The West is best in the NHL - again.
The Los Angeles Kings beat the New York Rangers 3-2 in double overtime Friday night in Game 5, giving the Western Conference a third straight NHL champion, fourth in five years and sixth in nine years.
In the regular season, the Eastern Conference has also been consistently overmatched.
The West won 246 games and lost 202 against the East during the regular season - winning more intraconference matchups for the eighth straight season - to increase its advantage to 1,064 wins to 914 losses since the 2005-06 season, according to data from STATS provided to The Associated Press.
When the league emerged from a lockout in 2006, a salary cap was put in place to level the field, yet it's actually been tilting West.
Los Angeles and Chicago, which have faced off in the last two conference finals, have combined to win four of the last five Cups.
''Both of those teams have built programs with a lot of depth after being terrible for a long time,'' Detroit Red Wings coach Mike Babcock said in a phone interview. ''They made good picks and made the right moves.''
The Kings were bad enough to have the No. 2 overall pick in 2008 and they took full advantage, selecting defenseman Drew Doughty, who has developed into a star. They also made the most of another first-round pick almost a decade ago, drafting center Anze Kopitar, who has become perhaps the league's best player that doesn't get a lot of publicity.
Likewise, the Blackhawks have built their team around high draft picks, taking forward Patrick Kane No. 1 overall in 2007, one year after selecting Jonathan Toews third overall.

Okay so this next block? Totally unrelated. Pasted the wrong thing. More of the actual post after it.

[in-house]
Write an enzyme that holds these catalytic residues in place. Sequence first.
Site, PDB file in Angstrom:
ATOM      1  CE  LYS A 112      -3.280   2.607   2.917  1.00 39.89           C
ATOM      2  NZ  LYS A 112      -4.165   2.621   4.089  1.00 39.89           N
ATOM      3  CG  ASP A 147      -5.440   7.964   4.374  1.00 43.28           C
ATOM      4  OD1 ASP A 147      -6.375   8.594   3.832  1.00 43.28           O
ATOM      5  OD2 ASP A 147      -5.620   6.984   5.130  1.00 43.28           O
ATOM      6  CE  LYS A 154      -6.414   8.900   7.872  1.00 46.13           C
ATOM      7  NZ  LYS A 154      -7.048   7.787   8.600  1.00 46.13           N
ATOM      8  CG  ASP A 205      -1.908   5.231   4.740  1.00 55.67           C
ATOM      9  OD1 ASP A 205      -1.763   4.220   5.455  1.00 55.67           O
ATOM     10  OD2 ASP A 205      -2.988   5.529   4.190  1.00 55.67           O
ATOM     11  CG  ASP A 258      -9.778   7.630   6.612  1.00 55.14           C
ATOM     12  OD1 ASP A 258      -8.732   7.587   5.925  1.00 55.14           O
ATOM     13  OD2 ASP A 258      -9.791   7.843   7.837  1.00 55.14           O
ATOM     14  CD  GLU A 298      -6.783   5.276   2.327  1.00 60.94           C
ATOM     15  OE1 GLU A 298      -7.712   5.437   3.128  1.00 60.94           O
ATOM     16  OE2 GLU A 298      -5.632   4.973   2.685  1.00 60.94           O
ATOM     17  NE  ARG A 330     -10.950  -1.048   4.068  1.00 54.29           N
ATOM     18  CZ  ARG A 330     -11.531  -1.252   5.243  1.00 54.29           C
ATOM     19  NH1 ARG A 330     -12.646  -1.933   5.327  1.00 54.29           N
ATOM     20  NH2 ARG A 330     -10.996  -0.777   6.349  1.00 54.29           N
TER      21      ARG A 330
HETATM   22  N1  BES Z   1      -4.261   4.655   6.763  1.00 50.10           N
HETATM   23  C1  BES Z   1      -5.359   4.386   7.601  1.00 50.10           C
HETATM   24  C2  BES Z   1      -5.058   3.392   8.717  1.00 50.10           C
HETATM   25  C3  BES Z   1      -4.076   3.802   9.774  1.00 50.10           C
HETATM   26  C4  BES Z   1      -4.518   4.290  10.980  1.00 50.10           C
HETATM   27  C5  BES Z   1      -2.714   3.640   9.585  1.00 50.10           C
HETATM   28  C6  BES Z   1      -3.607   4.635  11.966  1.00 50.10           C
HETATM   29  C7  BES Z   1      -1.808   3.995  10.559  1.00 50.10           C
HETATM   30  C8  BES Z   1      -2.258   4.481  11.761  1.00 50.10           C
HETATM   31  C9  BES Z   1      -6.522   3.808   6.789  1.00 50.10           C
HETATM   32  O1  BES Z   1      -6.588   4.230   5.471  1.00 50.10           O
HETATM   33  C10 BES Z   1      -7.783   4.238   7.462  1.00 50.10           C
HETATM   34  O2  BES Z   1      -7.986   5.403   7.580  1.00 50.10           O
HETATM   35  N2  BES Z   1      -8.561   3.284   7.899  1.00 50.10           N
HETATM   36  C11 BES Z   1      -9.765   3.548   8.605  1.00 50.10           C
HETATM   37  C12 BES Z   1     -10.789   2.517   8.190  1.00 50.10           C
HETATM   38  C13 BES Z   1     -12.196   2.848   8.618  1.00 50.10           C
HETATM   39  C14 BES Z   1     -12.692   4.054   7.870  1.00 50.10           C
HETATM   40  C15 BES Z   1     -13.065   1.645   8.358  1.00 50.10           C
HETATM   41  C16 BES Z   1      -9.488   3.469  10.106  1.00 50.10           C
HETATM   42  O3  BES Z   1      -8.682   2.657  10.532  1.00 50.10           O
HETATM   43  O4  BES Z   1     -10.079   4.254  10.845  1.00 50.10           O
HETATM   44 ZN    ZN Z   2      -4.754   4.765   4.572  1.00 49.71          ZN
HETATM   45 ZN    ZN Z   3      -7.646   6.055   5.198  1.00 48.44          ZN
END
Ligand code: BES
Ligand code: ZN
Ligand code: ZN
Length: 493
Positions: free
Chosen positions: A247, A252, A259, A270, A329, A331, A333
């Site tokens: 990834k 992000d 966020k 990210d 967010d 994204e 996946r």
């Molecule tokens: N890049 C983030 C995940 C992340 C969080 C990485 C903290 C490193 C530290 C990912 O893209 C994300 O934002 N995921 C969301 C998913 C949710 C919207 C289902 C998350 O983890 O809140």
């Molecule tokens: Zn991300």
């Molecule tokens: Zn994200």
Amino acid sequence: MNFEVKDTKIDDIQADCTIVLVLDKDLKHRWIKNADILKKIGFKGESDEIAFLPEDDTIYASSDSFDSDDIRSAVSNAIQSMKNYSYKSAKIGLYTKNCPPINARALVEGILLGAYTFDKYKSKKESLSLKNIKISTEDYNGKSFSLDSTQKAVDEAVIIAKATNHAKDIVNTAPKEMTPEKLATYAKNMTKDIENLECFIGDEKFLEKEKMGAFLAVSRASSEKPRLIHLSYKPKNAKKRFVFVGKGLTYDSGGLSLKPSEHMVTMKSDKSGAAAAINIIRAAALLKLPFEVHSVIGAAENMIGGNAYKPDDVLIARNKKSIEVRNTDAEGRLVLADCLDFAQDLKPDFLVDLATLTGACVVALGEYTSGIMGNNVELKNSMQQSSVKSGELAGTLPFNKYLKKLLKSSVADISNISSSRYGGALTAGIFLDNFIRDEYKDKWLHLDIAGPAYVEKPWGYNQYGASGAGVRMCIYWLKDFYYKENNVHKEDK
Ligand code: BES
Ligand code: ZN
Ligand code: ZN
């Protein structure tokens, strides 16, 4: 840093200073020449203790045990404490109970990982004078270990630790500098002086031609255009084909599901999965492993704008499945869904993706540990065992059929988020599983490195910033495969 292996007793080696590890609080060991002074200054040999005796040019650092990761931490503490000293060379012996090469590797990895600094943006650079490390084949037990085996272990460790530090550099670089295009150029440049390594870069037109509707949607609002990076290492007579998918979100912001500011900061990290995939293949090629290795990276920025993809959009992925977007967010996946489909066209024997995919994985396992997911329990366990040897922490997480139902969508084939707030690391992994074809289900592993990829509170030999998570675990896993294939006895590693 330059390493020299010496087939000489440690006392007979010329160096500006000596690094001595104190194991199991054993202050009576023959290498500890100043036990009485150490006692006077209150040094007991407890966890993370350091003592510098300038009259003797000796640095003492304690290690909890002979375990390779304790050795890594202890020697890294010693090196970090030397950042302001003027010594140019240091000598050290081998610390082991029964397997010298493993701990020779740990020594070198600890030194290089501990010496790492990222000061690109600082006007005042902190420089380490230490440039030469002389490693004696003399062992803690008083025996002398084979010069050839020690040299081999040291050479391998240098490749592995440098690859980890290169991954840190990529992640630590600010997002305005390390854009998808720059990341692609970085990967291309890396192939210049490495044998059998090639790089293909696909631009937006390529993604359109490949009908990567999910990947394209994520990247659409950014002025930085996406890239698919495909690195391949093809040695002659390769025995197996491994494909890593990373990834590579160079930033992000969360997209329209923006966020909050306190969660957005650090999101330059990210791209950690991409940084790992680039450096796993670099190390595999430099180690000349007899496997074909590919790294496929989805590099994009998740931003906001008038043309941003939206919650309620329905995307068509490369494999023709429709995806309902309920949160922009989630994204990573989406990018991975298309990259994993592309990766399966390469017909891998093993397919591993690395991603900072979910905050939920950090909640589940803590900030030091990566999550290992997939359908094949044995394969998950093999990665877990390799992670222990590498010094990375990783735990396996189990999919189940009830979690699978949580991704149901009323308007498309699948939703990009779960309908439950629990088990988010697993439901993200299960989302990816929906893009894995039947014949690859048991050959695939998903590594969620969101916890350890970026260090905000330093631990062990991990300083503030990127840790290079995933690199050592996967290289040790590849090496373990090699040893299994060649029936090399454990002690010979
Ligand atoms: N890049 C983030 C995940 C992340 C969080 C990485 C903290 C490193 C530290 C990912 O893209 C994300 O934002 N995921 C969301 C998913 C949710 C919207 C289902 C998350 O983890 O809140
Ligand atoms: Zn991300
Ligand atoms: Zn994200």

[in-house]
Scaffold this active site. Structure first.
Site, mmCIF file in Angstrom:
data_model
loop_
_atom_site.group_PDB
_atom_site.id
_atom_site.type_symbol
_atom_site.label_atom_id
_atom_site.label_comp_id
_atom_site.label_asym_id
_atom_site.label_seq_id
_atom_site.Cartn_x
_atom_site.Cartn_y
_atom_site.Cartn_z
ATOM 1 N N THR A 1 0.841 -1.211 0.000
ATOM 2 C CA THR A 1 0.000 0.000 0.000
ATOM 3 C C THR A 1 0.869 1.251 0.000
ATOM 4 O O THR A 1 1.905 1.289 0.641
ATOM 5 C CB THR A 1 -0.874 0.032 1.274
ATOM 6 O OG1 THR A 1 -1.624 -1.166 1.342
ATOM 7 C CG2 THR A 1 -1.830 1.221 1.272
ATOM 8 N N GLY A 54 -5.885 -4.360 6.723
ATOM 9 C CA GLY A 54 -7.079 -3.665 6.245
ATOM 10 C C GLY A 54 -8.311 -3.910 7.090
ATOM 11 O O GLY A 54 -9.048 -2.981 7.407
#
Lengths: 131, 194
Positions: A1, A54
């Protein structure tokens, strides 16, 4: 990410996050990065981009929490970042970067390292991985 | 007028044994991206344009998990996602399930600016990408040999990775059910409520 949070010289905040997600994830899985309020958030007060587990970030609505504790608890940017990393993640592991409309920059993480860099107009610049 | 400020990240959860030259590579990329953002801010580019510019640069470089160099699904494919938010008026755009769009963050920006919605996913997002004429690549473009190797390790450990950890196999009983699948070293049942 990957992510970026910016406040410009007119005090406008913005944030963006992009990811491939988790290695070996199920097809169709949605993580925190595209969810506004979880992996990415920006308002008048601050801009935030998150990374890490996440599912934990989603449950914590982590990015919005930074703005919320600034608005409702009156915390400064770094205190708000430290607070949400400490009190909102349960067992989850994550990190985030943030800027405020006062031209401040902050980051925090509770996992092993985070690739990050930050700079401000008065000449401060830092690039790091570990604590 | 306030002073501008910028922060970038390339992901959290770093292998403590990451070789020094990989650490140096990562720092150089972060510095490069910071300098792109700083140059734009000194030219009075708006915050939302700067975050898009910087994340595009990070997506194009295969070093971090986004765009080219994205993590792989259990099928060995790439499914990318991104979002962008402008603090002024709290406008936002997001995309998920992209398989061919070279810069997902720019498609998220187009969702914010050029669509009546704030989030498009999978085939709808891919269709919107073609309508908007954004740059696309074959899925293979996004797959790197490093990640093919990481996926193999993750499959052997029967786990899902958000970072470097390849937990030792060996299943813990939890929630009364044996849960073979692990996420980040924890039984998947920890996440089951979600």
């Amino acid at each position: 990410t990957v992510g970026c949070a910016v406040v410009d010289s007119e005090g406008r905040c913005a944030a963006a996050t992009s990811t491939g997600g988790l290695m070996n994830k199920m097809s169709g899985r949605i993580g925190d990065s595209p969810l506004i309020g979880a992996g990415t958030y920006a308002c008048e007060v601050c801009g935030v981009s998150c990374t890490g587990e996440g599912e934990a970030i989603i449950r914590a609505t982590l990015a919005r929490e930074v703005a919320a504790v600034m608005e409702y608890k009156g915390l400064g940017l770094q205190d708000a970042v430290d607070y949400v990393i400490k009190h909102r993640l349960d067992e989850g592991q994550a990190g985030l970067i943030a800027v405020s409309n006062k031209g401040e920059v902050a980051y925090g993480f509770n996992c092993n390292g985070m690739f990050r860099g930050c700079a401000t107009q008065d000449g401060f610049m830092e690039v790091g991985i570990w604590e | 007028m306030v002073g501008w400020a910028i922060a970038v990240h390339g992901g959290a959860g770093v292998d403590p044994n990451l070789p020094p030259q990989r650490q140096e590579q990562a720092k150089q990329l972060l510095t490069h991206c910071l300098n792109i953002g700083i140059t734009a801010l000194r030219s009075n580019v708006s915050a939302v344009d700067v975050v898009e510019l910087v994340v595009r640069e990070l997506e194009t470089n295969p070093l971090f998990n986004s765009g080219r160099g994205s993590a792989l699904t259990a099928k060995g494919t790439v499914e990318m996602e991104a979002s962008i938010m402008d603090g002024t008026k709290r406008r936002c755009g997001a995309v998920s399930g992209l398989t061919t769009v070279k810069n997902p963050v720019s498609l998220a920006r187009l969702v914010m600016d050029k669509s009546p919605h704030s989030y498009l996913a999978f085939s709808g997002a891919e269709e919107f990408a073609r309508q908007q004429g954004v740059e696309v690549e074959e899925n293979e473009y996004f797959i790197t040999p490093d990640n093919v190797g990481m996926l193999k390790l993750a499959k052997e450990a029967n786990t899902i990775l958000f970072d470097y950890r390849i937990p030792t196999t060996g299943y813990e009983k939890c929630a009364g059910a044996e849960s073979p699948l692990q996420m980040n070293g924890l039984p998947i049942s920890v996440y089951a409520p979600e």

The Kings and Blackhawks will likely be the teams to beat next year, too.
''The West has more dominant teams, led by LA and Chicago, and I think it should stay that way in the future,'' said Anson Carter, a former NHL player and current NBCSN analyst. ''I don't see much of a fallout, but I think this kind of thing just goes in cycles.''
The East did have a third straight champion when Carolina won the first Stanley Cup in the salary cap era in 2006 and it hoisted the coveted hardware five years in a row from 1991 to 1995.
''When a team wins a championship, you try to do what you can to beat those teams and I think in recent years that started with Boston,'' Blues coach Ken Hitchcock said. ''The common denominator is having strength up the middle with an elite defenseman, centerman and goaltender.''
The Kings certainly were tough to beat up the middle with Jonathan Quick in net, Doughty on the blue line and Kopitar in the middle up front.
New York, though, did match up well in those pivotal spots with goaltender Henrik Lundqvist, defenseman Ryan McDonagh and center Derek Stepan.
The Rangers pushed Los Angeles to a combined three overtime periods in the first two games before losing and had a 32-15 shots advantage when they lost Game 3. New York avoided a sweep, winning 2-1 on Wednesday night to shift the series back to Los Angeles.
''It's not like we've been outplayed,'' Lundqvist said. ''That hasn't been the case. They've been good, but I think we've been playing pretty good as well. It comes down to a couple plays here and there. That's been the difference in these games.''
AP Sports Writer Rick Freeman in New York contributed to this report.
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